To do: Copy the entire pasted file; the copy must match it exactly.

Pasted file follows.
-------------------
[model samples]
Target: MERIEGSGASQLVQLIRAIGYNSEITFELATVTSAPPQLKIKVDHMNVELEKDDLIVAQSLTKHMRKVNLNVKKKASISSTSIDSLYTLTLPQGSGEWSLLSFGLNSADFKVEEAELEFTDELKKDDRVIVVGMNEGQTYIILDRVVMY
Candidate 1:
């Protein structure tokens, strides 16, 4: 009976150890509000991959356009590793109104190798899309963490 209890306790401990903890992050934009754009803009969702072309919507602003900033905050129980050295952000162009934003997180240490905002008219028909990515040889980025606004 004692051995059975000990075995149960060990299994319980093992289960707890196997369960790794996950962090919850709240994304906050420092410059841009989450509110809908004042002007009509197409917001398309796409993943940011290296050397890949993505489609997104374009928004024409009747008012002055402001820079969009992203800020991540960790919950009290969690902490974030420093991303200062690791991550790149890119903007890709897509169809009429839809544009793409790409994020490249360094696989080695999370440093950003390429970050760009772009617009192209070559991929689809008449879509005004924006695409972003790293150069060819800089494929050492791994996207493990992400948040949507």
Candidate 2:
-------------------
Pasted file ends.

[model samples]
Target: MERIEGSGASQLVQLIRAIGYNSEITFELATVTSAPPQLKIKVDHMNVELEKDDLIVAQSLTKHMRKVNLNVKKKASISSTSIDSLYTLTLPQGSGEWSLLSFGLNSADFKVEEAELEFTDELKKDDRVIVVGMNEGQTYIILDRVVMY
Candidate 1:
């Protein structure tokens, strides 16, 4: 009976150890509000991959356009590793109104190798899309963490 209890306790401990903890992050934009754009803009969702072309919507602003900033905050129980050295952000162009934003997180240490905002008219028909990515040889980025606004 004692051995059975000990075995149960060990299994319980093992289960707890196997369960790794996950962090919850709240994304906050420092410059841009989450509110809908004042002007009509197409917001398309796409993943940011290296050397890949993505489609997104374009928004024409009747008012002055402001820079969009992203800020991540960790919950009290969690902490974030420093991303200062690791991550790149890119903007890709897509169809009429839809544009793409790409994020490249360094696989080695999370440093950003390429970050760009772009617009192209070559991929689809008449879509005004924006695409972003790293150069060819800089494929050492791994996207493990992400948040949507």
Candidate 2: